If a seasoned arts producer can forget the power of attending a live performance, what about the rest of us? What else is forfeited when we miss the mood and emotions that sizzle and soar among performers and audience members? What do we forsake by not being fully present at a performing arts experience?

What we lose is the vibrancy that springs to life during shows. It happens between artist and artist, artist and audience, audience member and audience member. Connections are forged with shared smiles, ripples of laughter, and knowing nods to neighbors. And those connections build community. Regardless of politics or background, everyone feels as though they hold hands and heart, mind and spirit, with each other.

Sitting alone in the wings or under a separate tent, choosing a seat apart from the group; these are choices that create a gulf of separation. They block that untouchable, yet vitally felt part of a face to face performing arts experience. That’s what struck the seasoned producer that day in the small theater. Fully present for the fleeting moments of one show, he was reminded how precious and human those moments are.

Lest we forget too, let’s immerse ourselves in the vitality of live performances. That way, we can support the arts for art’s sake, and ours.


Copyright 2013. The Storycrafters.

Strike a Balance

Last week I saw a woman texting during a live performance. She wasn’t in the audience, however; she was on the stage as part of the show. This wouldn’t be so strange if texting was part of the show, but it was a 19th century story done in 19th century style. There were no modern tweaks. It seemed that the woman took advantage of being in the background of the show to connect to her private world. However, she made her private connections in public on a stage as others watched.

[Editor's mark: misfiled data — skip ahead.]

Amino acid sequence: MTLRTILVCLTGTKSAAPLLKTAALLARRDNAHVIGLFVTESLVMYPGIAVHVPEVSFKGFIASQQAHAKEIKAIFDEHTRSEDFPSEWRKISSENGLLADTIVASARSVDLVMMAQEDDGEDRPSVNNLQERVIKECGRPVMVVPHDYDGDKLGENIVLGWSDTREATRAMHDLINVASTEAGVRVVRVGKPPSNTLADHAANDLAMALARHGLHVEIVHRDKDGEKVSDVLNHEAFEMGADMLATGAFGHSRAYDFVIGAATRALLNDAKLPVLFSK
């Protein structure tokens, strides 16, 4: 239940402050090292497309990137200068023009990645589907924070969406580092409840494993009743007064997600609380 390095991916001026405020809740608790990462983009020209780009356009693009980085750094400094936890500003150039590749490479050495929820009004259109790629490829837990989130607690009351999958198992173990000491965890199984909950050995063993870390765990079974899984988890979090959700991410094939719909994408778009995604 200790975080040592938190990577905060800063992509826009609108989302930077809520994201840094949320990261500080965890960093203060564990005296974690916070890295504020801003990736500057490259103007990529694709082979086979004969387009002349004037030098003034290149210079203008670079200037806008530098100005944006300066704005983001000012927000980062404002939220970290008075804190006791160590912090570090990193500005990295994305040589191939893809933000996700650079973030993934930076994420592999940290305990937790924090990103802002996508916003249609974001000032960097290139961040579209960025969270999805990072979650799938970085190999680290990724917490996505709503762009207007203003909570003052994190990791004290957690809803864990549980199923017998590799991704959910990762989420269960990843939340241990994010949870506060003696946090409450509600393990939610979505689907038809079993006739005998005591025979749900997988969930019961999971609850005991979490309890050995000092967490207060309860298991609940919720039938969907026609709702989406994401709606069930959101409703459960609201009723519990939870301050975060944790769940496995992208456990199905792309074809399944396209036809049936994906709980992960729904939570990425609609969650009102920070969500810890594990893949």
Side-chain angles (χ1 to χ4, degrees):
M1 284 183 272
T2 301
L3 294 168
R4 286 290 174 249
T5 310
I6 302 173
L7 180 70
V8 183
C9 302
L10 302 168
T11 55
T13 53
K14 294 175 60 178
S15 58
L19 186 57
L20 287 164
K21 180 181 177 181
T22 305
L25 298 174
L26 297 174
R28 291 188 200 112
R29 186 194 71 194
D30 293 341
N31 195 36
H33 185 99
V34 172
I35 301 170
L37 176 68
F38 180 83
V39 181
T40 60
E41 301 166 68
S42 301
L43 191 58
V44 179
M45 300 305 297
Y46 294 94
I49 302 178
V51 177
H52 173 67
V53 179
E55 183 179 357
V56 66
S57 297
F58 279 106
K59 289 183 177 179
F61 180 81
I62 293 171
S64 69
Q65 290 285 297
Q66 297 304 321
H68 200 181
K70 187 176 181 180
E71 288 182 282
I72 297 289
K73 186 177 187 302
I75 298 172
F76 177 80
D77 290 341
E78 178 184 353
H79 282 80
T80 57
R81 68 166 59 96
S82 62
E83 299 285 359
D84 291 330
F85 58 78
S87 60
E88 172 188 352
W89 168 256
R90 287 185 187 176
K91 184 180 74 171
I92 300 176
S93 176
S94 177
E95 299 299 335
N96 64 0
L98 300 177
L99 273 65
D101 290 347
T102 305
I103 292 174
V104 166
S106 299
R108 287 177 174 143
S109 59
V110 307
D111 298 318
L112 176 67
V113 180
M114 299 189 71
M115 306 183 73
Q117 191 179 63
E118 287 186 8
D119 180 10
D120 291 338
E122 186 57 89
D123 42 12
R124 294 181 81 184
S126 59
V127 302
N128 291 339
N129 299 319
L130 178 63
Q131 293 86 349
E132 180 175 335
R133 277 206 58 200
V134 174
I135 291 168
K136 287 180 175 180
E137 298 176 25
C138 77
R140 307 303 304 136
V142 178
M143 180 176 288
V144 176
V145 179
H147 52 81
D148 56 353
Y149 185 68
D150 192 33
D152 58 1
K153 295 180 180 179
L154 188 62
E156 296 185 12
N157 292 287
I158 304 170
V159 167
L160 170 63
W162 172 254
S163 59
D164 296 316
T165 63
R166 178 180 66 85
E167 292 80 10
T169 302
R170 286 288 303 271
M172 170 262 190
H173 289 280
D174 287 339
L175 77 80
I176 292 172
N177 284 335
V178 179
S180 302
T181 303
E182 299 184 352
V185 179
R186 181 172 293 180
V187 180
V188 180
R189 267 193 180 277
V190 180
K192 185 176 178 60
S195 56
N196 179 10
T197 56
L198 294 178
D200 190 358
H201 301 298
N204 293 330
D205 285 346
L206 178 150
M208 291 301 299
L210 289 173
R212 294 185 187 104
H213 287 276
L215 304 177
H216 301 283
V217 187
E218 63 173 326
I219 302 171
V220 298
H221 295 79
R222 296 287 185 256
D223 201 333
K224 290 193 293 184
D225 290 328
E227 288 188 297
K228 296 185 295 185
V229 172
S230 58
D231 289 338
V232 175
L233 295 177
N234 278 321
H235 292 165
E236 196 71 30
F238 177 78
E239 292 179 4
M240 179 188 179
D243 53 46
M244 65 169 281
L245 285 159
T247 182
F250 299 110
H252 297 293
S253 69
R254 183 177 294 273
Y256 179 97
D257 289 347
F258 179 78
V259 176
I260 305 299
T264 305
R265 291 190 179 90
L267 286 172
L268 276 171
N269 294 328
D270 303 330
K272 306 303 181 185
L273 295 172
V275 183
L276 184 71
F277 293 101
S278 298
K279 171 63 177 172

Looking around in public places, I often see people with their heads in devices, pressing buttons, focused downward, not outward. Stories of people’s lives and the dramatic moments of living are often mediated by machines. Social connections are not always made person to person, in the flesh. Perhaps you witness the same thing, and like me, are also guilty of being an ostrich with a machine at times.

I read a great piece in the New York Times the other day that spoke eloquently about this very situation Novelist Jonathan Safran Foer addressed the importance of striking a balance in all things technological and all things human. He says, “Each step ‘forward’ has made it easier, just a little, to avoid the emotional work of being present, to convey information rather than humanity.”

Being present. People are at risk of forgetting how to do this, and that is why I believe that live performances are so important. Barry and I see that people are forgetting about being present during our storytelling performances: audiences don’t always know how to be audiences. People are not always aware of their impact on other audience members; they are often immensely surprised by their emotional responses to live narrative. Foer expresses concern about this: “I worry that the closer the world gets to our fingertips, the further it gets from our hearts.”

Foer also says that making emotional connections takes more time than is possible with the speed of much of today’s communications. He is right. It takes more work to engage fully, to be present, to be open to emotions and emotional exchanges with others than to participate in digital conversations, once removed from the live-and-in-person side of social interaction.